Kmart store closings raise questions about future of retail vacancies at Washtenaw and Golfside
That all three survived the initial round of closings is a good thing for the county, since it preserves jobs at a time when we're still rebuilding from the economic downturn.
But it also raises more questions about the eastern corners of Washtenaw and Golfside, where the Ypsilanti Township Kmart has long resided.
Melanie Maxwell | AnnArbor.com
Every time I pass the area or stop at the Kmart, I can't help but think: This is one of the most obvious areas of retail real estate transition on the eastern edge of the county.
The reason: The 98,000-square-foot store is located in a shopping center with a long-vacant grocery store and across the street from a 38,000-square-foot former bowling alley. Both sit adjacent to wide expanses of parking spaces.
Those two vacancies already are striking near the corner of Washtenaw and Golfside, the western gateway to Ypsilanti Township. One reason is their sheer size and the slow pace of their transition; the other is the fact that a new building now under construction for a Happy's Pizza at the corner stands in contrast as a long-hoped-for redevelopment.
The co-anchor to Kmart is the former Farmer Jack store, which had been caught in litigation over the A&P bankruptcy.
The other building, on the south side of Washtenaw, is the former Ypsi Arbor Bowl, which closed in the spring.
Both that building and the ex-Farmer Jack are finally listed on the commercial real estate market. The grocery is for lease at $10 per square foot per year, while the bowling alley is for sale or lease at an undisclosed price. Based on its assessment, it has an estimated value of about $480,000.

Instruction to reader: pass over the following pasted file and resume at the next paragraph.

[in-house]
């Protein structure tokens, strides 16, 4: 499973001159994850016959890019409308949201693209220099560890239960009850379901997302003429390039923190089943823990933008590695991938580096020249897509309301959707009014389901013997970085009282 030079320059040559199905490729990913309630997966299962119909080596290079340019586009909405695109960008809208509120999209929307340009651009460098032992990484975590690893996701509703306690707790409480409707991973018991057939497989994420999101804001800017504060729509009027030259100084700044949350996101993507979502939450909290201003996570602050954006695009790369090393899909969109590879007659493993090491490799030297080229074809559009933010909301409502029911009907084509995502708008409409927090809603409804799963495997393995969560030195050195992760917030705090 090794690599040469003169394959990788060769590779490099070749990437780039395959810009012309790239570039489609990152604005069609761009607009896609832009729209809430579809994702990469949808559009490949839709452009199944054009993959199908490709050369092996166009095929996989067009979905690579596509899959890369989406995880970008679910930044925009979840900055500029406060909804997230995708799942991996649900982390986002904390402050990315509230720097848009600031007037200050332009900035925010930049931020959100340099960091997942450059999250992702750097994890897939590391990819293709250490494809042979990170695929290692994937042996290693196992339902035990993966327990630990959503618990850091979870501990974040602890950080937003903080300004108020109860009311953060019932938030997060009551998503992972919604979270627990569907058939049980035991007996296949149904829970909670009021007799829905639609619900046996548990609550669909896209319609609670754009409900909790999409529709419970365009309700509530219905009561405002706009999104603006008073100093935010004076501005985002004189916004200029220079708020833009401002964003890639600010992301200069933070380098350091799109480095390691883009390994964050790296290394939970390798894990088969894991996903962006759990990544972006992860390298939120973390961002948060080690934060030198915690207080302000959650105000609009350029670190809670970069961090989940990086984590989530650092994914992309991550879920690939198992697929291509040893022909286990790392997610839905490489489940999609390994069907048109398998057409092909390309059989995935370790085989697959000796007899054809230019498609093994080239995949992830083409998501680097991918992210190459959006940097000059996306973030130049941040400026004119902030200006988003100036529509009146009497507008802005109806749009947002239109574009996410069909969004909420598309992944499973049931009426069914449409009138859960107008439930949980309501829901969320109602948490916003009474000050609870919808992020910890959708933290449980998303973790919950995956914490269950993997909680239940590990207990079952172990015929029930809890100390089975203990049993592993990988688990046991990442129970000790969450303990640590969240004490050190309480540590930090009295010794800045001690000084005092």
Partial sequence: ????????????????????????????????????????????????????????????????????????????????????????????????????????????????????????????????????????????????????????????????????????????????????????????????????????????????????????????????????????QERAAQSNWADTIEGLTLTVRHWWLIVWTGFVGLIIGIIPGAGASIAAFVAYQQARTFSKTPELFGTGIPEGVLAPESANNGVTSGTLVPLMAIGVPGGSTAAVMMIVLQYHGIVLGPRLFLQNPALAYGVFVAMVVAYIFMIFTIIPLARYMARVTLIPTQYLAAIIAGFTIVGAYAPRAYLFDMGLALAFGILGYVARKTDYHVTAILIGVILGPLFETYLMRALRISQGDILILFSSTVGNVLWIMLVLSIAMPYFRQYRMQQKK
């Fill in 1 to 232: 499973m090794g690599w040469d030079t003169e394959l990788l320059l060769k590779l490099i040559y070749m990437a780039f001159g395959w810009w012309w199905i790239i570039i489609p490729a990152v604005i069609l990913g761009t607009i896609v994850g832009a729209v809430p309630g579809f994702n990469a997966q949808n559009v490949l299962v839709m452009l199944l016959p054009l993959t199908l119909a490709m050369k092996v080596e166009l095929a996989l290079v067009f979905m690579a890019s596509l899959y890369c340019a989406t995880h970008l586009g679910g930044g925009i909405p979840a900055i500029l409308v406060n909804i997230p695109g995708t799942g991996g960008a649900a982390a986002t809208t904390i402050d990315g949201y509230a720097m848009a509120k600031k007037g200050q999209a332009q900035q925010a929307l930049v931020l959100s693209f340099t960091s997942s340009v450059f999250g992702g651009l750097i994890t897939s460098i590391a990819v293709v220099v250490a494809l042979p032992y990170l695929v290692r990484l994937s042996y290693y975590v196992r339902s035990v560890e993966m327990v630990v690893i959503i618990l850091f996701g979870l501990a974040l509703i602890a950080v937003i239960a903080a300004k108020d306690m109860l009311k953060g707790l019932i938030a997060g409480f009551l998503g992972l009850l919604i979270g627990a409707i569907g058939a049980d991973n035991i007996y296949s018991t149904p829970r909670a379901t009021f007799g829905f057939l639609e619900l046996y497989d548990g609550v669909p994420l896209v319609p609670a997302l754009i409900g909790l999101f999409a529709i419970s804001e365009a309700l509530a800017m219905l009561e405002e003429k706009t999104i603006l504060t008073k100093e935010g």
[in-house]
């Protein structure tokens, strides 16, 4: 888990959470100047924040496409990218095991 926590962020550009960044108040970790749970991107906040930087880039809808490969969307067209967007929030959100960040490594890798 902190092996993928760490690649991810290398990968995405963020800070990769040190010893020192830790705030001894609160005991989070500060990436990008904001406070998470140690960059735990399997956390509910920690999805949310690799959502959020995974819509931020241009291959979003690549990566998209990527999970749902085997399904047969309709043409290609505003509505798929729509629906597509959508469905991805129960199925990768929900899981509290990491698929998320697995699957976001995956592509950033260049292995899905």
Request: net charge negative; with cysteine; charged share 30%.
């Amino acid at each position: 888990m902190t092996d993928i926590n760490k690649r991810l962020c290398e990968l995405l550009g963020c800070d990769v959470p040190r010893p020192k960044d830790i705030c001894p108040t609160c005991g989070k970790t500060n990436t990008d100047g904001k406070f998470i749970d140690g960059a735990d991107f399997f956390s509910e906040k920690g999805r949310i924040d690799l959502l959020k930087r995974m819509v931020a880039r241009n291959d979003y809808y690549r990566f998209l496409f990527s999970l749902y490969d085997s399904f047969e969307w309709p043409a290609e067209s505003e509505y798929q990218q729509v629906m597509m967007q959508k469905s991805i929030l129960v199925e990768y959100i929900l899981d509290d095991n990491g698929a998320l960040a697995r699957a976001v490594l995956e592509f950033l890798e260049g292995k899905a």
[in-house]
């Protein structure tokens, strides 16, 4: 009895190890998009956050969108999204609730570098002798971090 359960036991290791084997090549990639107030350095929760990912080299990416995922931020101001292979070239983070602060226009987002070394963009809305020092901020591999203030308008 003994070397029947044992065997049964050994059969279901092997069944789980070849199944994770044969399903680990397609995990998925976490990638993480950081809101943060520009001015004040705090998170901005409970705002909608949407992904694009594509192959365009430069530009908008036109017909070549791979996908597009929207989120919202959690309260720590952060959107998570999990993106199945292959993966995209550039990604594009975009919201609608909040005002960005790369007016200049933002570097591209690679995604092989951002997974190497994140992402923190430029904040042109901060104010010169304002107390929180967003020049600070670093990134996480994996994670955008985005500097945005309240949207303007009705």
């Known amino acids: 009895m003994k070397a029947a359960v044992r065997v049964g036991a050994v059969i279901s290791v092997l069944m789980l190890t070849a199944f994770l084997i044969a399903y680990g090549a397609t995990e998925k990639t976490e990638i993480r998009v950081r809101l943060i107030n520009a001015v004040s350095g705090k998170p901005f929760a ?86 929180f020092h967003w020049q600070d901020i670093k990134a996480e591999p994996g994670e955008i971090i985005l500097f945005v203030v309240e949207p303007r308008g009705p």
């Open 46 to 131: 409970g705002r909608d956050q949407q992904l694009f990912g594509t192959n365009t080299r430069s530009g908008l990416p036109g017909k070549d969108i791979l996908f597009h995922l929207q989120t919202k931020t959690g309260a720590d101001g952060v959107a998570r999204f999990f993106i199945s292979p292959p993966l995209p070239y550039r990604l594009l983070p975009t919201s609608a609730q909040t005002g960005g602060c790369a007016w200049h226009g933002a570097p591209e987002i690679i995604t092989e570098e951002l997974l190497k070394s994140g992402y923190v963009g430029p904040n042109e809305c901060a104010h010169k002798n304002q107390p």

Kmart, by contrast, has an estimated market value of about $3.1 million, based on its assessment (which valued it at about $3.7 million just a year earlier).
The size and cost of those buildings are likely to keep them on the market for some time in the current retail climate for development and predicted ongoing retail contraction.
Yet look across the street to see the optimism signaled by the construction of the Happy's Pizza building. The investment is a signal to the corridor that a business owner sees the risk as worth the cost. And it also represents the end to years of blight in the form of a former Dairy Mart building (and before that, Stop n Go) that was left to rot on its foundation.
If the Kmart closed, that move would leave the corner with nearly 200,000 square feet of combined and vacant commercial building space - much of it either obsolete or in desperate need of updating. And it would be just one of several options in an area that's been slow to absorb vacant commercial space.
What will be interesting to watch after the rest of the store closings are announced is how Sears Holding Co. handles its remaining stores. The Kmart brand has struggled to build brand loyalty among more favored discounters, like Walmart and Target, even as its merchandise quality has improved.
It's the shopping experience that suffers inside of its stores, many retail experts say. An investment in the aging stores in the chain - like the Ypsilanti Township one - could go a long ways toward improving the brand, store sales and the locations surrounding them.
Word on up to 50 additional store closings is likely to be released soon by Sears Holding Co. So far in Michigan, 7 stores will close, including Sears stores in Brighton, Adrian and Monroe.
Hear a report from MarketWatch Newsbreak: Kmart, Sears can't compete on price, service
Paula Gardner is News Director of AnnArbor.com. She can be contacted at 734-623-2586 or by email.